On August 10, 2020 most Ontario school boards sent to parents their intended plans for the upcoming school year during the Covid-19 pandemic. Parents are expected to make a decision between sending their students to school, keeping them home to use school board provided teacher-led learning resources or to homeschool their children without board support. A local radio station held a phone-in poll with a yes or no choice to see what parents were planning to do. I felt this was overly simplistic and wanted to gather detailed information about what parents like myself are planning to do, and what their concerns are. Sometimes it helps to know what your peers are planning and worrying about. These are my survey results. (A CSV file of the responses and a PDF of this report are attached at the bottom.)
I launched the survey early on Monday August 10, and closed it the next day on Tuesday at mid-day. I shared the survey with my family and friends and on a couple very popular groups for area mothers on Facebook.
I am not affiliated with the government or school boards in any way. My husband is a highschool teacher, but was not involved in this initiative.
I received 244 responses.
- The main avenue for sharing the survey was on groups for mothers, so there is likely to be a high majority of responses from women. It would be interesting to know if men would have provided different answers – perhaps about making career sacrifices or about stress levels.
- I also shared among my friends and family who are skewed to white and middle class.
- The majority of respondents have elementary aged children. Only 20% reported having a child in highschool.
- I received 244 responses. Almost everyone answered every question.
To School Or To Stay Home
The key question on the survey was whether parents were planning to send their kids to school or not. School boards have committed to providing a virtual learning option for students who opt to remain home. So how did parents respond? The answers surprised me. Almost 30% are keeping their children home to use the online-learning option. Many more parents are still undecided even with the deadline for making an official decision looming in a few days. The original format of this question didn’t have an ‘Undecided’ option and many parents used the ‘Other’ option to write in that they are undecided. I then added an official ‘Undecided’ option which quickly gained almost 16% of the responses. If I add the people who wrote in their own ‘undecided/unsure/still thinking’ responses, to the Undecided category, and add the one or two results who are partially sending their kids to school to the ‘Sending’ category… the results work out like this:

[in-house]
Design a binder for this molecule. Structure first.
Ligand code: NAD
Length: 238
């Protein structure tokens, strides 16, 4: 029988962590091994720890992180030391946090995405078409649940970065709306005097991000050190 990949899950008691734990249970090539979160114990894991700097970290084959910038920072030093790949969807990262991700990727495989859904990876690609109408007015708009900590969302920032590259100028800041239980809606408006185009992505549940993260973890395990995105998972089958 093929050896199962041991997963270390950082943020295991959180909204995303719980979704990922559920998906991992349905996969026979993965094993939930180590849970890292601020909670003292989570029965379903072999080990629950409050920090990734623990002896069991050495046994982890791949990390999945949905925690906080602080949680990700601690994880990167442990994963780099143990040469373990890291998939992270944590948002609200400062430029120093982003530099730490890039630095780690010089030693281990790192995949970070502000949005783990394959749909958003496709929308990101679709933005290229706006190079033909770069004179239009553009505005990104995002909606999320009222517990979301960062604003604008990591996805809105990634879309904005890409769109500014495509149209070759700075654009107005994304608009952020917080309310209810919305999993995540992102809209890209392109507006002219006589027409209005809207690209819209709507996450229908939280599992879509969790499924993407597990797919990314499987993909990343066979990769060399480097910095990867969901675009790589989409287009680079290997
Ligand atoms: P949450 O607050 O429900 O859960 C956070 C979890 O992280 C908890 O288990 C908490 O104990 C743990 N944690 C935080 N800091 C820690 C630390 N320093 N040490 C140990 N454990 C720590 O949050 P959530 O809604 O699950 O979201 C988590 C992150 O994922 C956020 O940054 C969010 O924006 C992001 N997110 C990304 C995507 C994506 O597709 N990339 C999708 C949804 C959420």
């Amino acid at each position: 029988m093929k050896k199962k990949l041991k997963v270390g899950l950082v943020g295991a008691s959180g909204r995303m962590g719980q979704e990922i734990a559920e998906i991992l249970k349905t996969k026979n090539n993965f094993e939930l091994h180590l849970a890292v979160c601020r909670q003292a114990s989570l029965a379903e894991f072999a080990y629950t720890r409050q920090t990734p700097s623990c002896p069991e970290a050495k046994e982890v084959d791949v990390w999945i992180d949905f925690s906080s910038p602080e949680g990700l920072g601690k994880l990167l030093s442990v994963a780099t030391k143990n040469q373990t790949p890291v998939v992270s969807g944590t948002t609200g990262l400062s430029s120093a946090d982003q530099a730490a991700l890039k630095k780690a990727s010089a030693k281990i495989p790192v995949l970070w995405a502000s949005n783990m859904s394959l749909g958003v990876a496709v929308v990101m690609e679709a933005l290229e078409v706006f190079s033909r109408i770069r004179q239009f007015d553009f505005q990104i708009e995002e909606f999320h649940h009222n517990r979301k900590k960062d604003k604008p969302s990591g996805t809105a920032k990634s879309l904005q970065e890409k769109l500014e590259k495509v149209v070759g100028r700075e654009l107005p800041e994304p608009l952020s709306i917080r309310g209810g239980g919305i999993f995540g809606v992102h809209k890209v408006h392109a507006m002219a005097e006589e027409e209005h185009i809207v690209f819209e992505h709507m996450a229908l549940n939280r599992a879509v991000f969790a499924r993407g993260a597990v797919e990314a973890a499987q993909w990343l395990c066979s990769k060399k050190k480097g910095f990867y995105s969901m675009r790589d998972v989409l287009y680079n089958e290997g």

- 47% Sending back to school.
- 30% Keeping child home to use online learning.
- 21% Undecided.
- 2% Homeschooling.
When this survey was released, school bus companies had not yet released a detailed plan for busing this year. We have heard that buses will assign seats to students one per seat, and sanitize between school pickups, but details are scarce.
I fixed a typo in this question midway through the survey and as a result it created two pie sections for both versions of the same answer. In my graphic I have combined them into one blue pie piece.
The most interesting statistic from this question is that 22% are switching away from using bus services when they normally would use the bus. If I eliminate the 125 responses who don’t typically use busing, this becomes 49% of parents who normally would bus, are now choosing to drive or walk. At least it will help the bus companies figure out their logistics if they have fewer students who need to be bused. This also brings up a concern that schools will need to prepare for a major increase in cars coming to drop off children. How will this comply with social distancing? Hopefully schools will have staggered drop-off times, maybe by last initial.
Use Of Daycare
Many parents have expressed concern about whether efforts to keep children contained to cohorts at school will be rendered moot by the fact that they will be using daycare before or after school. The survey revealed that 67% won’t be using daycare at all. About 10% will be using a large / traditional daycare. It concerns me that 12% of parents say they still haven’t figured this out, and it’s now almost mid August. What do these numbers mean for efforts to cohort or limit contact among children at schools, if many of their peers will be linking these cohorts and even linking different schools together by interacting at daycare?
Disruptions And Risks To Family Life
A striking theme among responses was in regard to disruptions that this process will have to family life. Of the applicable responses, only 44% have a parent who can support their child learning from home. The rest are either trying to figure it out, using outside help like a family member, or just say no, they aren’t able to help their child learn at home. This makes me wonder if more parents would have wanted to keep their child home, but are just unable to.